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Now that’s a good story. In those terrible days of a newly divided Israel, there are some bright spots. Yesterday, we observed the life of Asa—a bright spot. Today’s reading gives us the story of Elijah, the prophet of God.
Elijah was a prophet of God who lived in the days of King Ahab, king of Israel. Ahab was a wicked king. In fact, 1 Kings 16:30 tells us that he was the worst king ever for being wicked. God used Elijah to pray and prophesy that there would not be rain in the land until he (Elijah) said for Him (God) that there would be rain. Instead of drawing Ahab to God, this pushed him farther away from God. Ahab continued to rely on false gods. Then there was his wife, Jezebel. If you think Ahab was wicked, you should meet his wife, Jezebel. Chapter 18 says that Jezebel had all the prophets of God murdered. That is, she thought she did. A Godly man, Obadiah, who worked for Ahab and Jezebel hid 100 of the prophets of God.
In these early days of drought, God miraculously provided for Elijah. First, God brought him bread and meat through a raven and he drank from the brook in the Kerith Ravine. When the brook dried up, God sent him to the home of a widow and there provided for Elijah, the widow, and the widow’s son. In the sovereign plan of God, we learn why this widow is chosen. With Elijah in her home, Elijah is there to bring her son back to life.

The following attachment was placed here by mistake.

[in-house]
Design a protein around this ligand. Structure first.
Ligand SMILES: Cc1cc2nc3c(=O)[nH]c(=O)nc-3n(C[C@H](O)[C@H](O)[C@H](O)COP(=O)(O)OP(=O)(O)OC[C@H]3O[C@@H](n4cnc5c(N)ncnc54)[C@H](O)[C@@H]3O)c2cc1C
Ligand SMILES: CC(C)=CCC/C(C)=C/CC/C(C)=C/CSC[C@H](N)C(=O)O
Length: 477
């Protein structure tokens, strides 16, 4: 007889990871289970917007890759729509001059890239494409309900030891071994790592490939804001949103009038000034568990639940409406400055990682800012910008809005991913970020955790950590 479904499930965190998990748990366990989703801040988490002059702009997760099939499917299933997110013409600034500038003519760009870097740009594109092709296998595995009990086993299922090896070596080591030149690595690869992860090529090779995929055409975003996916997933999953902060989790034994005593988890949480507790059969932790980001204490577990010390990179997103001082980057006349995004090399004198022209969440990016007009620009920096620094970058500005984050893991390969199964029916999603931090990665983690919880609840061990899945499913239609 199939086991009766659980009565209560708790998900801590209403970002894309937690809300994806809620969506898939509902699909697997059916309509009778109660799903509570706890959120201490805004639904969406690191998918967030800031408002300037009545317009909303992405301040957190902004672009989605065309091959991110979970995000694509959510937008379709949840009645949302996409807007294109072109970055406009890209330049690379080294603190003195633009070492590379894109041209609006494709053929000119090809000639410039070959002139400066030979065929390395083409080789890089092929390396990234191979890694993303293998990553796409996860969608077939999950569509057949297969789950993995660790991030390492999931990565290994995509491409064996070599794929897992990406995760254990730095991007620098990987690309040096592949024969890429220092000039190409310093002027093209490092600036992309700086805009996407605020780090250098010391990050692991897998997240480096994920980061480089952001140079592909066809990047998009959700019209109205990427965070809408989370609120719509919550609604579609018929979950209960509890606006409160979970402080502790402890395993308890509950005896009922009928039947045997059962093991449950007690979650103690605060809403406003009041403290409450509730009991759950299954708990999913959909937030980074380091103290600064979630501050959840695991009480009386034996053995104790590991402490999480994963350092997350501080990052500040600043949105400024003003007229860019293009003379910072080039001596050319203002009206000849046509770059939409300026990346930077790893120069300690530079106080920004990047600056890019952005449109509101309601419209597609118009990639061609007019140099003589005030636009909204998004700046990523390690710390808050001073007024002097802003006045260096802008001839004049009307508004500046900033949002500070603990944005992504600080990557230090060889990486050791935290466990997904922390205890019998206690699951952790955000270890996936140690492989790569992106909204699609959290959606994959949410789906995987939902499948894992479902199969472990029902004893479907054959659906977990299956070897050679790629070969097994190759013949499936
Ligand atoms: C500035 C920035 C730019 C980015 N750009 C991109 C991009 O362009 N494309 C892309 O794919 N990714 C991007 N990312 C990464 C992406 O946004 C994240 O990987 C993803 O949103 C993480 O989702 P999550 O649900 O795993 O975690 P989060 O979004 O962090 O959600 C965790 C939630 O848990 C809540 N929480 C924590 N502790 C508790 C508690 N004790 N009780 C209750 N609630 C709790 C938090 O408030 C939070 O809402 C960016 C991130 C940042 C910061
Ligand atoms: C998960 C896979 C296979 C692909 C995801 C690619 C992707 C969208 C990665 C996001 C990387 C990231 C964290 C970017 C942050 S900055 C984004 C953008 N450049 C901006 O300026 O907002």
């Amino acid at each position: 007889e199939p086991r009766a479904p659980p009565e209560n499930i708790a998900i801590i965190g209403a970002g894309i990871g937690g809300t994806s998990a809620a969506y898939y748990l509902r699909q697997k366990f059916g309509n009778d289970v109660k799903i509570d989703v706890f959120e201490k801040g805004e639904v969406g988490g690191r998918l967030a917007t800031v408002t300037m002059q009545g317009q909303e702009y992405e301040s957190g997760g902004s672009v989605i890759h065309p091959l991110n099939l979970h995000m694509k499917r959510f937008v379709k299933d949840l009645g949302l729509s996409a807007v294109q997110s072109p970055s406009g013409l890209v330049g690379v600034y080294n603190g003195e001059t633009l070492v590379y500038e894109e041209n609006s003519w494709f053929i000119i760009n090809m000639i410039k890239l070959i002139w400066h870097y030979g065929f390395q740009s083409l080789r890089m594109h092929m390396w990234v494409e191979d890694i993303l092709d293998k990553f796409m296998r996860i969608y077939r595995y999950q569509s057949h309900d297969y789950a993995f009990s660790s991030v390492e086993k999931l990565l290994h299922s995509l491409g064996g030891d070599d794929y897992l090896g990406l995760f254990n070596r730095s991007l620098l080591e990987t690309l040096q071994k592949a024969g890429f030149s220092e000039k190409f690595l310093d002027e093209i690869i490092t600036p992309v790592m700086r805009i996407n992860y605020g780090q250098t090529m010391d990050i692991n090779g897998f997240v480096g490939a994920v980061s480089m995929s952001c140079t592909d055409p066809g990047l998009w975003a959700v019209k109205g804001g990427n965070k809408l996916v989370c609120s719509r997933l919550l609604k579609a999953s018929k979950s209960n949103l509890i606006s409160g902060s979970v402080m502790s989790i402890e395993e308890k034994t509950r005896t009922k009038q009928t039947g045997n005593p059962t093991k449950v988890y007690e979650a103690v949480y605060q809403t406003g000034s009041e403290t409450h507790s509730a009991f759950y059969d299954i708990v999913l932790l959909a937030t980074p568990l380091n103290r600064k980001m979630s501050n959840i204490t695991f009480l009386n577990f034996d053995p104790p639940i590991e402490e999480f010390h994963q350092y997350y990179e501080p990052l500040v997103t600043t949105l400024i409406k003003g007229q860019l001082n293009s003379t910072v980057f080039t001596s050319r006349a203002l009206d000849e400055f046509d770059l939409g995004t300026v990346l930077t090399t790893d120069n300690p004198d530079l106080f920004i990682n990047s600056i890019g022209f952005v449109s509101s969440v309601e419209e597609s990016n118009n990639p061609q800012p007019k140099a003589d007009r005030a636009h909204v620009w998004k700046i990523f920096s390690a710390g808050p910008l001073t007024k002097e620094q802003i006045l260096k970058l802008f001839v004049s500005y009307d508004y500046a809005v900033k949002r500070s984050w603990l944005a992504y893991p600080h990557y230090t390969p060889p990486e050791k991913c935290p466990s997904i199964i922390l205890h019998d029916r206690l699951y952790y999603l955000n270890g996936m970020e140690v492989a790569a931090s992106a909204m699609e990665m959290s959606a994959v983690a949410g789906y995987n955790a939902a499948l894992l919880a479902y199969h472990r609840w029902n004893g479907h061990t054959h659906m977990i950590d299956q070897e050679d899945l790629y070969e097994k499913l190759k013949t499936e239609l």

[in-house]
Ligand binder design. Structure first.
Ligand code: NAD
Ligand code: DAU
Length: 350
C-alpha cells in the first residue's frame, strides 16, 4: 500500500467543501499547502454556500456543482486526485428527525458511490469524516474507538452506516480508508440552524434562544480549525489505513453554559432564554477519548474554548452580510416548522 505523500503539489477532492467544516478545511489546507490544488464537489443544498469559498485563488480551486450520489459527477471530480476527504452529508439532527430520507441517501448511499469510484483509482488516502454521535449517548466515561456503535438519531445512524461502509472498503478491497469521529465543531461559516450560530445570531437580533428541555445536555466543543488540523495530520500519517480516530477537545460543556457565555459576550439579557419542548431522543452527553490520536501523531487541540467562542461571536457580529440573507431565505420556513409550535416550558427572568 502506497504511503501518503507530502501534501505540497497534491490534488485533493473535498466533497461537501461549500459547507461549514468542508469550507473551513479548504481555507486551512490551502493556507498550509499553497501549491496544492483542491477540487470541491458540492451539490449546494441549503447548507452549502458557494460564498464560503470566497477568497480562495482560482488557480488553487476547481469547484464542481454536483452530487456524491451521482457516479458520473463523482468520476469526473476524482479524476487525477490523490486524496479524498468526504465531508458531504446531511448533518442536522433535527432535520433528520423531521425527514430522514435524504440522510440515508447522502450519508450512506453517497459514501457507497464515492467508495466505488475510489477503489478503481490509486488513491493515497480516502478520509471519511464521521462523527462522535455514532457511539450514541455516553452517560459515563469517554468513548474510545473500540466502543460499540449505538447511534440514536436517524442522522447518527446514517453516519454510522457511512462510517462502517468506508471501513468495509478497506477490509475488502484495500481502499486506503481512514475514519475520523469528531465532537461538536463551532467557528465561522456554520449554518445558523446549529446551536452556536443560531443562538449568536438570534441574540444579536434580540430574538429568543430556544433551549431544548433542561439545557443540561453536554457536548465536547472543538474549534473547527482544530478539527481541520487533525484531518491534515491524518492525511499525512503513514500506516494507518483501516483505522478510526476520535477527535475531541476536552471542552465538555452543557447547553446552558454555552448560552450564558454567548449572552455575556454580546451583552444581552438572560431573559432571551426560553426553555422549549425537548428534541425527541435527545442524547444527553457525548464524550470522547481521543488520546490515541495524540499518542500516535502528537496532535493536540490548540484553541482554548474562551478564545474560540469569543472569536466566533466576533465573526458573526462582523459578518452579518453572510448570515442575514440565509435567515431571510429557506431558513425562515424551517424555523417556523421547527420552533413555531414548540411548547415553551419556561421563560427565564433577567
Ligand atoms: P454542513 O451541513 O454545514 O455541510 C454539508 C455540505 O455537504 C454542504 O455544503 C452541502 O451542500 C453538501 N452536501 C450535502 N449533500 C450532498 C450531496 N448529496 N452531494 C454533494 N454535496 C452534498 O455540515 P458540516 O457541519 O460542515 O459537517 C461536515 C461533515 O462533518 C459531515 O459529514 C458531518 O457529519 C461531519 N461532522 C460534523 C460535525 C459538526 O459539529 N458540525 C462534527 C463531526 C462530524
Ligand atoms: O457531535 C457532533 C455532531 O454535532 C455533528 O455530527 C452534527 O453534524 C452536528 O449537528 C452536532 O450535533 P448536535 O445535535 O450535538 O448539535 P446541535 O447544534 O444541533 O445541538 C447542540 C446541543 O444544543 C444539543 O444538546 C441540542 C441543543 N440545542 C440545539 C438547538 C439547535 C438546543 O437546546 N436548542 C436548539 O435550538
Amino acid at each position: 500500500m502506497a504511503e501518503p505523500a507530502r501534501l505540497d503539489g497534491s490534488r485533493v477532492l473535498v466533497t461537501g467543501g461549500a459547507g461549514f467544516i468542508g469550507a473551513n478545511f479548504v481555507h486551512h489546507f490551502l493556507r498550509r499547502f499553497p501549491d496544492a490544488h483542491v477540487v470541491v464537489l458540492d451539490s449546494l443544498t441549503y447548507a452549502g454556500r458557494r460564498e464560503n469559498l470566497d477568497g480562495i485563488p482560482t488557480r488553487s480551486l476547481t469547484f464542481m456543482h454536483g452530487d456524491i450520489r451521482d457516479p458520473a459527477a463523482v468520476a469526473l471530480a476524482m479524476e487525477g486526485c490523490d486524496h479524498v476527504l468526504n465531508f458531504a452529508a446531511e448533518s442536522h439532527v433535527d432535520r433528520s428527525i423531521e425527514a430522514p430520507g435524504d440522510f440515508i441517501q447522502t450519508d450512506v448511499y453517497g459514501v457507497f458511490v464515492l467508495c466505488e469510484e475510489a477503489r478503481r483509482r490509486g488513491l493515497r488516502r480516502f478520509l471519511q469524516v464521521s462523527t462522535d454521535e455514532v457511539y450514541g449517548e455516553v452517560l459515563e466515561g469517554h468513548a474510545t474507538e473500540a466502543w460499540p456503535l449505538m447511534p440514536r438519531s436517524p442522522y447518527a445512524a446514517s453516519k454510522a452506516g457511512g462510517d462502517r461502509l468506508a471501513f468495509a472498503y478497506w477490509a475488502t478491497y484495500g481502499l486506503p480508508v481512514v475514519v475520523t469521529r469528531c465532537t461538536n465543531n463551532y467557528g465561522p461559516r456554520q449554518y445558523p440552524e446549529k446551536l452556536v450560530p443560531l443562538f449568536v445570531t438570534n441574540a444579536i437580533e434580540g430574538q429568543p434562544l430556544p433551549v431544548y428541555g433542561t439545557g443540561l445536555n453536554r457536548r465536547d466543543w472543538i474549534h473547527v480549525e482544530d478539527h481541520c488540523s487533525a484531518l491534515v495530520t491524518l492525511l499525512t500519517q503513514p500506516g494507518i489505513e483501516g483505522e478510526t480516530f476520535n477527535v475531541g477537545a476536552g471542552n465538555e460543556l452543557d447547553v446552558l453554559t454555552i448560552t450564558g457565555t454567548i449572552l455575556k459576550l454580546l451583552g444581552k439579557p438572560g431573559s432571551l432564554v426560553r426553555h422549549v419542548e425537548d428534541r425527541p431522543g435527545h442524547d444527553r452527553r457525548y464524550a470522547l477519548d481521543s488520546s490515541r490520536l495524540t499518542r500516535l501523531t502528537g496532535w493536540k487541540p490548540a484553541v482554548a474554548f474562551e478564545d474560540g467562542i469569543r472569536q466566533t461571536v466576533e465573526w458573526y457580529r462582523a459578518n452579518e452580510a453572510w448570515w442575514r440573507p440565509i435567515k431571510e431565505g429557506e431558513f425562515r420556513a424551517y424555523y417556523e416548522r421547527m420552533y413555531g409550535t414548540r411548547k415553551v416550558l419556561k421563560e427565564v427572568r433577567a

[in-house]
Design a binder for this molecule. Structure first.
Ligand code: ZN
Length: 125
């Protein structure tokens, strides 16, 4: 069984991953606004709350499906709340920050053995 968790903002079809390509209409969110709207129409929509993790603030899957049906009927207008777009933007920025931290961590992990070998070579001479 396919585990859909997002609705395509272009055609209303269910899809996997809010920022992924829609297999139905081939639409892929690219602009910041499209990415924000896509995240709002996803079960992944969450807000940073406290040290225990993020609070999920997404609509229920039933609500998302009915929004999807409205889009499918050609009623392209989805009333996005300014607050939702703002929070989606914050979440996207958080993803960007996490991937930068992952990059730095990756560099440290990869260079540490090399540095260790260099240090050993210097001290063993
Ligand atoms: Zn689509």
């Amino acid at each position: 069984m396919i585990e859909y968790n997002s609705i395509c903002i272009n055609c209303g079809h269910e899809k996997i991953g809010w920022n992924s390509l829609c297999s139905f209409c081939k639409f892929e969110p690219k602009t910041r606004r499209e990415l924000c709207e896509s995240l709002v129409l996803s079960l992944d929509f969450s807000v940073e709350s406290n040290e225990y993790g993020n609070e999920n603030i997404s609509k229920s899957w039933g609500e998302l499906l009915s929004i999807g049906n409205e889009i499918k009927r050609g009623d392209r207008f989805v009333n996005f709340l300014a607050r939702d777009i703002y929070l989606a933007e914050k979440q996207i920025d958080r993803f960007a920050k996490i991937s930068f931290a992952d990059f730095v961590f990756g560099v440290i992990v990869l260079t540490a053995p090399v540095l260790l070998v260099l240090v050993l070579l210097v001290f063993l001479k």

Then, perhaps you have heard the story of how Elijah calls for a showdown between the God of Heaven and the false gods of Ahab. They gathered on Mount Carmel. The 450 prophets of Baal along with 400 prophets of the Ahserah were invited to take a bull and put on an altar. Elijah would take a bull and place on the altar. The false prophets went first. They called on their gods to consume the sacrifice by fire, but nothing happened. Elijah went next. He drenched the altar with four pots of water three times. God consumed the sacrifice with fire. The people watching declared “The LORD, He is God! The LORD, He is God! Then, Elijah declared that the people seize the false prophets and execute them. Then, he prophesied that it was about to rain.
So, let’s recap. What did Elijah do? Well, he challenged the prophets of Baal to a duel. He built an altar. He drenched the altar, called down fire, slaughtered the prophets, and supposedly turned the hearts of the people back to God. Finally, he announced the end of a drought. Not a bad day, don’t you think?
But what happened to Elijah? Actually, an exhausted Elijah sinks into a depression. I’ve recounted all of that to provide this simple caution. Beware of the victories of life, lest they lead us to a point of depression and frustration. Maybe today you need to take a break. If so, don’t beat yourself up. Some of God’s choice servants experienced periods of being overwhelmed. When overwhelmed, do as Elijah eventually did—get alone with God and follow His next instructions.
Devotional by Steve Horn. Scripture links by www.biblegateway.com. Animated video by www.thebibleproject.com.